Writing is a skill we can continue to hone no matter our age. The Superb Writers' Blogathon, brought to you by Grammarly grammar checker, is a web series dedicated to helping all aspiring writers achieve greatness.
I first became aware of Grammarly by their funny geeky posts on Facebook, and then they emailed to ask if I would like to participate in their Superb Writers’ Blogathon. The point is to talk about excellence in writing. I am so on board with that! Any time we can promote good grammar and excellent writing, I am thrilled.
When I was getting my master’s, I taught freshman composition. I so much enjoyed it ~ meeting people with such good will and so focused on their futures and on figuring out the world. However, they came into the classroom with such stark fear on their faces. Someone once did a poll on what college students feared most. Number one was nuclear war, but right after that was writing for English class. Now that says something.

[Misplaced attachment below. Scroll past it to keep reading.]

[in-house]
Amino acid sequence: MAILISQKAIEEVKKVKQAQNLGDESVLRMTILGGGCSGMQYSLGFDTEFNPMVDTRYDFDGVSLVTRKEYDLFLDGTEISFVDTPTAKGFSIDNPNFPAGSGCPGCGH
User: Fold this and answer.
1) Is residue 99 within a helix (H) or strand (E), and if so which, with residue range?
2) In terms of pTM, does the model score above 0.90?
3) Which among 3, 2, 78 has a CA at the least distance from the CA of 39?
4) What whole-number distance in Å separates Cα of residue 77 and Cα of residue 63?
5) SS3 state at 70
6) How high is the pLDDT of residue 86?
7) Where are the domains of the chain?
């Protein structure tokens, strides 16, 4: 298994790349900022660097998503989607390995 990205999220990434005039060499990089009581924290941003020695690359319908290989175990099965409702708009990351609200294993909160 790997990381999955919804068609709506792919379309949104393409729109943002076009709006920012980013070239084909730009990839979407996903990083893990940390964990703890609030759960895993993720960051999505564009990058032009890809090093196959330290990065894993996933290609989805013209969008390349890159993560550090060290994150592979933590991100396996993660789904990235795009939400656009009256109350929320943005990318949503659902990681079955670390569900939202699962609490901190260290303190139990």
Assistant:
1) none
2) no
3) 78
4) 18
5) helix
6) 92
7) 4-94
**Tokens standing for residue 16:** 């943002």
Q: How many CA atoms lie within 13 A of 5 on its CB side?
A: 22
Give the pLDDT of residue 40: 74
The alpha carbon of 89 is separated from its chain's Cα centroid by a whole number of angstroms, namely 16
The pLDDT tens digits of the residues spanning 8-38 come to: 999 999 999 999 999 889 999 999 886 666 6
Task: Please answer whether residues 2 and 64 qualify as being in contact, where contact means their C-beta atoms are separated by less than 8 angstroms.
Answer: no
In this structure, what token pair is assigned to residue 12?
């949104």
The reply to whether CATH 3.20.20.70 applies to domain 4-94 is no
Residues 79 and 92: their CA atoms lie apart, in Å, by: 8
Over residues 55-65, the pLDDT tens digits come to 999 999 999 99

Another thing. Inevitably, someone would get in a jam or think they were getting away with something and would turn in a plagiarized paper. Now I ask you: Do you think a master carpenter can tell the difference between the work of Jack Handyman and another master carpenter? Do you think a pianist of 30 years’ experience knows the difference between the playing of a college student and someone who is her or his peer? Can a doctor suss out the difference in effectiveness of treatment of your home remedies versus tried and true scientific method? Well, we would certainly hope so.
And so it was with the plagiarized papers. Because the students couldn’t tell the difference between their own writing and the papers they plagiarized, whether it was bought from a paper mill or pulled together from sources on the net, they thought I couldn’t.
All this to say, there are standards of excellence in writing. Sure, there is a lot that is subjective, and once you reach a certain level, it is based more and more on personal taste, but there is a definite difference between poor, good, and great.
So what exactly is excellent writing? Well, there are libraries full of books to tell us just that, but let me give you the three-minute version.